Our Design Process Workshop Week
Working for a global company has given our team the amazing opportunity to travel, meet our dispersed teams and collaborate in three valuable workshops.
This year some members of our design team flew to the beautiful city of Zurich in Switzerland, where fondue is a staple, dodging trams a given (if you are unfamiliar with their accurate time) and a good pair of walking shoes a must. In this article, I’ll walk you through the three workshops I attended while visiting the design team at our Zurich hub.
Workshop 1: Design Process and Flow
Our conversations focused on the importance of UX integration before the start of a project, during the website build and even post go-live. We’ve learnt how important it is to teach our clients the value of considering good UX integration from the outset. Some clients struggle to see the value in it as much as they should. Realistically, our clients tend to have big dreams but are tied to limited budgets, they also might be nervous about investing in something they can’t necessarily see.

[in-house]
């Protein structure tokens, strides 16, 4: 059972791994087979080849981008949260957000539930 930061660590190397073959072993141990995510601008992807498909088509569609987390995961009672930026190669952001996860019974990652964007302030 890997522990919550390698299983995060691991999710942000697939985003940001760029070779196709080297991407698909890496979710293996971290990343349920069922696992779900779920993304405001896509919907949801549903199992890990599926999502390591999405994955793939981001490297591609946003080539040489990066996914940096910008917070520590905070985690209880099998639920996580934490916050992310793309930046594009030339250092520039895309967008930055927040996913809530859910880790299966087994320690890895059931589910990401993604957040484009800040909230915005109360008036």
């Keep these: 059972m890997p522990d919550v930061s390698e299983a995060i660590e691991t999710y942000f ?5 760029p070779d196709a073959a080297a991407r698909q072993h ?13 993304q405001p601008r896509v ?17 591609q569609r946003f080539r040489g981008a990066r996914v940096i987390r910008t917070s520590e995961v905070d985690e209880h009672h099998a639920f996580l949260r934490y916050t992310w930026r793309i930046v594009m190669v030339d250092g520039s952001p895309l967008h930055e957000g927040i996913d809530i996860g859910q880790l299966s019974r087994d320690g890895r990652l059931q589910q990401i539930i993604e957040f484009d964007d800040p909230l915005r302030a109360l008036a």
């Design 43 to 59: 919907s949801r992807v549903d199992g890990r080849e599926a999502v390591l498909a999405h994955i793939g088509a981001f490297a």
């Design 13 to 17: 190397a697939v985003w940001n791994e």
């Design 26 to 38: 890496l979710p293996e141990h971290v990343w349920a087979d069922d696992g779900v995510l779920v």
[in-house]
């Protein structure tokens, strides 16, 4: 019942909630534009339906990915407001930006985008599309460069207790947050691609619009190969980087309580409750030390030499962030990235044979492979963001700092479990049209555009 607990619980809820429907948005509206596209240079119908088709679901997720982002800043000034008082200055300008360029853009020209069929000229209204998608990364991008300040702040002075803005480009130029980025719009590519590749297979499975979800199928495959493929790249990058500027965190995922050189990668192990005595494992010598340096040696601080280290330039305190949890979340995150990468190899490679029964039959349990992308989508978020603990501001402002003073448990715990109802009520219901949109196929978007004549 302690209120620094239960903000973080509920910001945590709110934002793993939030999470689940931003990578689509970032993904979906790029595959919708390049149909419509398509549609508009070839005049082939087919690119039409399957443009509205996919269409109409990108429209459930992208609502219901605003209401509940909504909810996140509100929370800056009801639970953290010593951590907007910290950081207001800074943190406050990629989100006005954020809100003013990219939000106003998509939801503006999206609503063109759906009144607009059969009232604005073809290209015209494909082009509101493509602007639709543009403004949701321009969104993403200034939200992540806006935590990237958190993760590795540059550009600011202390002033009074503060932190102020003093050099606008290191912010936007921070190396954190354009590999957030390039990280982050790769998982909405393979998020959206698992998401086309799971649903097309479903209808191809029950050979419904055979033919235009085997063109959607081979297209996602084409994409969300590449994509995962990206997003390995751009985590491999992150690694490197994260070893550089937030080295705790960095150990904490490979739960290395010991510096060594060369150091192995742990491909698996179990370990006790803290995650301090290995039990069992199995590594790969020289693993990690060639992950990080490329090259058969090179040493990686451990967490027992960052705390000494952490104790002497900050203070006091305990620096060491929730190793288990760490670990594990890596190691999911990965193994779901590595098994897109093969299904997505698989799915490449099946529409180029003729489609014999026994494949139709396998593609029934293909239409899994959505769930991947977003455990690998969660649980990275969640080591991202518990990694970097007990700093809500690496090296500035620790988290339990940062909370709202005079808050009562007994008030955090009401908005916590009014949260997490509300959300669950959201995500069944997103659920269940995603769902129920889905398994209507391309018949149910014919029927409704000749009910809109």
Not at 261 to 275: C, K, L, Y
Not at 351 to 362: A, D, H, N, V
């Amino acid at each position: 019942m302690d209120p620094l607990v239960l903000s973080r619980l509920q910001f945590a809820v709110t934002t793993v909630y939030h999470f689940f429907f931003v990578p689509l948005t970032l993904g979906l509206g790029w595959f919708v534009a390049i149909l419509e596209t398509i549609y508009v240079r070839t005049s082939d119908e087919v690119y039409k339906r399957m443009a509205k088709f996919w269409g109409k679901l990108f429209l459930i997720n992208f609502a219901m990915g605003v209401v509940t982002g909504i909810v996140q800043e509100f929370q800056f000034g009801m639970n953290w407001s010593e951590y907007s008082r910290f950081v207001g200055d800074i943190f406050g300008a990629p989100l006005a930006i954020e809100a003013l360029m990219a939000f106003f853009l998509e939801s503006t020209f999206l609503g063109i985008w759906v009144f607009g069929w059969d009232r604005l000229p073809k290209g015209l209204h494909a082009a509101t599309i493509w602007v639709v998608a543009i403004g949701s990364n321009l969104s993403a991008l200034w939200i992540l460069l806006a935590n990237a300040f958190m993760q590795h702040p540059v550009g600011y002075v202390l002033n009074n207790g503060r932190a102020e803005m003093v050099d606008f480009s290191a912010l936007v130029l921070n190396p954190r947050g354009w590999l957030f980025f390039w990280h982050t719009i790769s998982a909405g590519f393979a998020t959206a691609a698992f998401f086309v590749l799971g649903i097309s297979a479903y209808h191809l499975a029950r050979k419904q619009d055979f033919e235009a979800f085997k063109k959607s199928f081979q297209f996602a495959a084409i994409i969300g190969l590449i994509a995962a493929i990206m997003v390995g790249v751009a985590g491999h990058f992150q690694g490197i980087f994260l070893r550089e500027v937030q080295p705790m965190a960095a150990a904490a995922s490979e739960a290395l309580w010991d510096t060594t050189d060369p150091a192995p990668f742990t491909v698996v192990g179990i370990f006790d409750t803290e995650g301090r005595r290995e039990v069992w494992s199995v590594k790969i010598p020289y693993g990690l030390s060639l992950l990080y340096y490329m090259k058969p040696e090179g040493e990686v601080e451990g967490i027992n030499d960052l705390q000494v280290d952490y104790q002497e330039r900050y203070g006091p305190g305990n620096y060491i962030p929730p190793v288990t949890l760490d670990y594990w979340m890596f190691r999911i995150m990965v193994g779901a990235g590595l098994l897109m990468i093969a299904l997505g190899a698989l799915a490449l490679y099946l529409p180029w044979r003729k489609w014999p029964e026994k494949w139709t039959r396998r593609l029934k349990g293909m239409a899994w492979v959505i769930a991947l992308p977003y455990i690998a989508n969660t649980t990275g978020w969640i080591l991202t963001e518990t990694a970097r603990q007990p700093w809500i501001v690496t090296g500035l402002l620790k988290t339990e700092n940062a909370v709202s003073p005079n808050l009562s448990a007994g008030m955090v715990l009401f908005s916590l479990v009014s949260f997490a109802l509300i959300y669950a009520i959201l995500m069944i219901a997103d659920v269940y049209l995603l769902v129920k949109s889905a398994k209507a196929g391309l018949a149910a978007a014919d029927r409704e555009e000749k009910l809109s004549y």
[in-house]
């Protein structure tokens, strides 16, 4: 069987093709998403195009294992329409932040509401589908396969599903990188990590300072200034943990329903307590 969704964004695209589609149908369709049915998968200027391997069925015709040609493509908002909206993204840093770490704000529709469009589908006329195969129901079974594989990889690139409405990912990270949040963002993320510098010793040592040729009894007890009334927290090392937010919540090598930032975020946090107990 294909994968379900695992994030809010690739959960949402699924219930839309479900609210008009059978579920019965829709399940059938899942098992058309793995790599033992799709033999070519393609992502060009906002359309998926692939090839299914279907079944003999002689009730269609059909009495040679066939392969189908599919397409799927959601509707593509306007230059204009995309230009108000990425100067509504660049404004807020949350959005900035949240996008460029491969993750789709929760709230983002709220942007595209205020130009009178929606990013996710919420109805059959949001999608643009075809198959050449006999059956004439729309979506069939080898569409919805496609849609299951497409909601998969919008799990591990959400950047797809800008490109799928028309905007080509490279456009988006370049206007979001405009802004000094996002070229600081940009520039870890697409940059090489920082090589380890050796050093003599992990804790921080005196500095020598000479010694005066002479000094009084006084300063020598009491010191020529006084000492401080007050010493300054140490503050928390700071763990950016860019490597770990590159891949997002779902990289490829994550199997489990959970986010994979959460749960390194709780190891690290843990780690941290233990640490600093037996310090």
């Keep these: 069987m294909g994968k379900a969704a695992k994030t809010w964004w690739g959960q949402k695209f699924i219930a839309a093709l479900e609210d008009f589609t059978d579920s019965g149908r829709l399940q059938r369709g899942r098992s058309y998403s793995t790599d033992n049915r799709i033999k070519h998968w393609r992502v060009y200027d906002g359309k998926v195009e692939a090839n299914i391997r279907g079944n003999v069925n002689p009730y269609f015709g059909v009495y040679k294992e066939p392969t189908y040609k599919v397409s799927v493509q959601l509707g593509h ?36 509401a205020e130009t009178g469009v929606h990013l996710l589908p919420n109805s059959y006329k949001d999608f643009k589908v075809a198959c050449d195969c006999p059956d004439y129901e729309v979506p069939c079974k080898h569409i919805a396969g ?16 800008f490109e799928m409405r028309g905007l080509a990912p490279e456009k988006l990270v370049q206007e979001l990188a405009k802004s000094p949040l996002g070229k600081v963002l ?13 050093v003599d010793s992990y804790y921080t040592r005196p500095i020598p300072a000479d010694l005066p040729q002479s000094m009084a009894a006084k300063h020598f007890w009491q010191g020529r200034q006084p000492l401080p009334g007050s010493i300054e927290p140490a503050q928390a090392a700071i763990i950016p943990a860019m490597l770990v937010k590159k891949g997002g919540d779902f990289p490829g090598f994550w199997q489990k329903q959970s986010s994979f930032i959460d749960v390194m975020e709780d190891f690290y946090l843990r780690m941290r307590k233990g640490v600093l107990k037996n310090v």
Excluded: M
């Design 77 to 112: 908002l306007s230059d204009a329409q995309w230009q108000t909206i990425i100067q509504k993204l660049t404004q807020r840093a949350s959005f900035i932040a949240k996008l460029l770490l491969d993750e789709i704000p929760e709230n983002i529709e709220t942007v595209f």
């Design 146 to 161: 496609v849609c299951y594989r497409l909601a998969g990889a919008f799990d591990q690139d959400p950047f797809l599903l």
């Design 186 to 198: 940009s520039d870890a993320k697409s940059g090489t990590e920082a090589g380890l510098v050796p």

After all, design is meant to be bold, beautiful and visual and at all times, useable. It’s up to us to teach our clients that design is more than pretty pictures; good UX design solves problems. With that said, we need to find out what these problems are. The only way to get the answers is to ask the right questions and research properly. For example, instead of asking ‘Why aren’t we selling our products online?’, ask the question ‘Why are our users not engaging with our website?’.
Ask the client for testimonials, client feedback and analytics. With this information, do a proper SWOT analysis and find out who you’re ultimately designing for, this will help you determine the UX problems and why the website is not converting.
Clients like real data that relates directly to their brand. If you can give them real numbers, they are more likely to see real value.
Workshop 2: UX and Design Process - from new build to maintenance
As an Agile production team at Amazee Labs, we’ve always made sure to stick to solid process throughout a project. I’ve addressed this topic in a previous article: UX and Design integration and also discussed it again in our second workshop – UX and Design Process, from new build to maintenance.